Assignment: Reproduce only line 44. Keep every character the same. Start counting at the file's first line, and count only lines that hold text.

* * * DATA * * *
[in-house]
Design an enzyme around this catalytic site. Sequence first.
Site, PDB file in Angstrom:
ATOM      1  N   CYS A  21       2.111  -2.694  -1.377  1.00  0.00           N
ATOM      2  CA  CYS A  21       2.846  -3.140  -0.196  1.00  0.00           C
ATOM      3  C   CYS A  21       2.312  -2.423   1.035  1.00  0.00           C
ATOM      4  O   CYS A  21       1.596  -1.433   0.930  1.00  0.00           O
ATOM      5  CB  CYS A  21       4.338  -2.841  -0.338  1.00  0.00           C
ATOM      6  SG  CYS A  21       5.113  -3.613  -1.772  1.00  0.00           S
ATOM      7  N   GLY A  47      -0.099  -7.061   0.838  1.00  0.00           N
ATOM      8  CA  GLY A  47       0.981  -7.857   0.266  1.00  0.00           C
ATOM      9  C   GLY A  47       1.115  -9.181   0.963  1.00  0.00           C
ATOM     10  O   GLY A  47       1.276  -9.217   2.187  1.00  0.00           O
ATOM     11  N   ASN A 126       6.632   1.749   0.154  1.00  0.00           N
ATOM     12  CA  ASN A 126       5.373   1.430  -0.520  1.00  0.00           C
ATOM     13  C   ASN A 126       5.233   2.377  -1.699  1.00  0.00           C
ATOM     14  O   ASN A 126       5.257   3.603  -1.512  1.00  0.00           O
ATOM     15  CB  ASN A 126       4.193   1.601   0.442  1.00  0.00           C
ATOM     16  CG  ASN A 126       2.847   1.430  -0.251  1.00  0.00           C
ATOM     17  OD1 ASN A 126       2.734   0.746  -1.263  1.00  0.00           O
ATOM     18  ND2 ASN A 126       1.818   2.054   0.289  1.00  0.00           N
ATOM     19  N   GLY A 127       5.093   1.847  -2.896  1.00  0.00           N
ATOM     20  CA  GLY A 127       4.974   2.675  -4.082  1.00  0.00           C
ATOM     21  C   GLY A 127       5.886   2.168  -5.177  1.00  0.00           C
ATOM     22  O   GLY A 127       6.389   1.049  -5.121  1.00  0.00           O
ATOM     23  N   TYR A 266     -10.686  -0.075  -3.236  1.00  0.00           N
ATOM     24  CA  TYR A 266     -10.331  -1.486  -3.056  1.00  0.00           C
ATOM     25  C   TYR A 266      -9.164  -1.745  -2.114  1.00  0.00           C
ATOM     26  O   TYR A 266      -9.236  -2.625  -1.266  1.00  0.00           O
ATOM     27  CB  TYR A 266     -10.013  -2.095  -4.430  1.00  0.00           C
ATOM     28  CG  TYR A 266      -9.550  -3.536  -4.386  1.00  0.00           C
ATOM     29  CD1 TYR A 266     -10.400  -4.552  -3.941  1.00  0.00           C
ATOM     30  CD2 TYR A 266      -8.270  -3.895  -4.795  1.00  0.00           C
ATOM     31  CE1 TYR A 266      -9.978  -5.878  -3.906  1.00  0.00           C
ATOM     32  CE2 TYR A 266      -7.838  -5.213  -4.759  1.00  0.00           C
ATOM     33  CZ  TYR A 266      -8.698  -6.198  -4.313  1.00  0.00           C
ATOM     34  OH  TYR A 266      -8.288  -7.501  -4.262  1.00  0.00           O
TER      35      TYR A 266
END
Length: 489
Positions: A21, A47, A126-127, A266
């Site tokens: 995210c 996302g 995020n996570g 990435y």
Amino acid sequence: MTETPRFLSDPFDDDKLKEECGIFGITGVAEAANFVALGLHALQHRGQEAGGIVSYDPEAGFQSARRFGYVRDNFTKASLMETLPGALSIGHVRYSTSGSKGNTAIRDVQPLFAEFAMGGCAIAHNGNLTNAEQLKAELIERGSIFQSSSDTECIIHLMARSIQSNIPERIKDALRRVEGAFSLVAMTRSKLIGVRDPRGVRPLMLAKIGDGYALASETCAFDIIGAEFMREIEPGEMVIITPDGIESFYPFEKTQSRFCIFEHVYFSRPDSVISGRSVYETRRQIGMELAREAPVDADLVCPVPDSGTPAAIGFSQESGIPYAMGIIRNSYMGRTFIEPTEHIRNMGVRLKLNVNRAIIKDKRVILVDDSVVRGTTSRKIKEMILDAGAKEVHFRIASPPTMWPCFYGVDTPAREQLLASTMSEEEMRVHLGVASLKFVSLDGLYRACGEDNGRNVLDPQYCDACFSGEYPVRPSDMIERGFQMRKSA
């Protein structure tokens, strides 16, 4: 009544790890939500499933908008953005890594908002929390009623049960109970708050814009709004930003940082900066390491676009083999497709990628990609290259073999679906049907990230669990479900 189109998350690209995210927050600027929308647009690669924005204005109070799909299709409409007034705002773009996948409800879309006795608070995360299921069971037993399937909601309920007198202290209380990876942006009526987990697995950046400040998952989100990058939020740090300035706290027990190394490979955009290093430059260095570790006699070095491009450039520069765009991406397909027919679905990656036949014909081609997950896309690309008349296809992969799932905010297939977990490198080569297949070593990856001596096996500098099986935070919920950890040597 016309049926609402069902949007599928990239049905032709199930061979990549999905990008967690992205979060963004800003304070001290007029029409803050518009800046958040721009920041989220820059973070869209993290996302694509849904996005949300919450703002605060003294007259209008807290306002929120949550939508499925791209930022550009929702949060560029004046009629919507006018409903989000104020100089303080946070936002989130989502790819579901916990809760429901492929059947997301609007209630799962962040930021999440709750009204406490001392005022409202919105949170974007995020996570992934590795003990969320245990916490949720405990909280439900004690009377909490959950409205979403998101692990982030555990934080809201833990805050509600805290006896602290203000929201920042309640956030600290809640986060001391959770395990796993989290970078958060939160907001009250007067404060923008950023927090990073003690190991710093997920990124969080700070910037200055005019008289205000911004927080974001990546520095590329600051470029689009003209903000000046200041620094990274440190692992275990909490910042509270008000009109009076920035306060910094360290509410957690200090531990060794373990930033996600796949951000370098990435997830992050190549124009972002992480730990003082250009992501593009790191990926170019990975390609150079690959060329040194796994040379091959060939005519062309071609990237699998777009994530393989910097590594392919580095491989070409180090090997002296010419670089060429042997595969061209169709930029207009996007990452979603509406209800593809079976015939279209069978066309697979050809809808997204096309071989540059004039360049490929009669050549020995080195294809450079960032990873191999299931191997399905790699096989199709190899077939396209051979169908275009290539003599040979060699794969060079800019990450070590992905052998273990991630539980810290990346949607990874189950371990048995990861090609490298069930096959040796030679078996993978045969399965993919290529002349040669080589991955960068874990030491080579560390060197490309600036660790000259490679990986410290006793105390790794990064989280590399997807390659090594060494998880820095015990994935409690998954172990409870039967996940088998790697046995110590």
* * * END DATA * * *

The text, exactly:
């Protein structure tokens, strides 16, 4: 009544790890939500499933908008953005890594908002929390009623049960109970708050814009709004930003940082900066390491676009083999497709990628990609290259073999679906049907990230669990479900 189109998350690209995210927050600027929308647009690669924005204005109070799909299709409409007034705002773009996948409800879309006795608070995360299921069971037993399937909601309920007198202290209380990876942006009526987990697995950046400040998952989100990058939020740090300035706290027990190394490979955009290093430059260095570790006699070095491009450039520069765009991406397909027919679905990656036949014909081609997950896309690309008349296809992969799932905010297939977990490198080569297949070593990856001596096996500098099986935070919920950890040597 016309049926609402069902949007599928990239049905032709199930061979990549999905990008967690992205979060963004800003304070001290007029029409803050518009800046958040721009920041989220820059973070869209993290996302694509849904996005949300919450703002605060003294007259209008807290306002929120949550939508499925791209930022550009929702949060560029004046009629919507006018409903989000104020100089303080946070936002989130989502790819579901916990809760429901492929059947997301609007209630799962962040930021999440709750009204406490001392005022409202919105949170974007995020996570992934590795003990969320245990916490949720405990909280439900004690009377909490959950409205979403998101692990982030555990934080809201833990805050509600805290006896602290203000929201920042309640956030600290809640986060001391959770395990796993989290970078958060939160907001009250007067404060923008950023927090990073003690190991710093997920990124969080700070910037200055005019008289205000911004927080974001990546520095590329600051470029689009003209903000000046200041620094990274440190692992275990909490910042509270008000009109009076920035306060910094360290509410957690200090531990060794373990930033996600796949951000370098990435997830992050190549124009972002992480730990003082250009992501593009790191990926170019990975390609150079690959060329040194796994040379091959060939005519062309071609990237699998777009994530393989910097590594392919580095491989070409180090090997002296010419670089060429042997595969061209169709930029207009996007990452979603509406209800593809079976015939279209069978066309697979050809809808997204096309071989540059004039360049490929009669050549020995080195294809450079960032990873191999299931191997399905790699096989199709190899077939396209051979169908275009290539003599040979060699794969060079800019990450070590992905052998273990991630539980810290990346949607990874189950371990048995990861090609490298069930096959040796030679078996993978045969399965993919290529002349040669080589991955960068874990030491080579560390060197490309600036660790000259490679990986410290006793105390790794990064989280590399997807390659090594060494998880820095015990994935409690998954172990409870039967996940088998790697046995110590």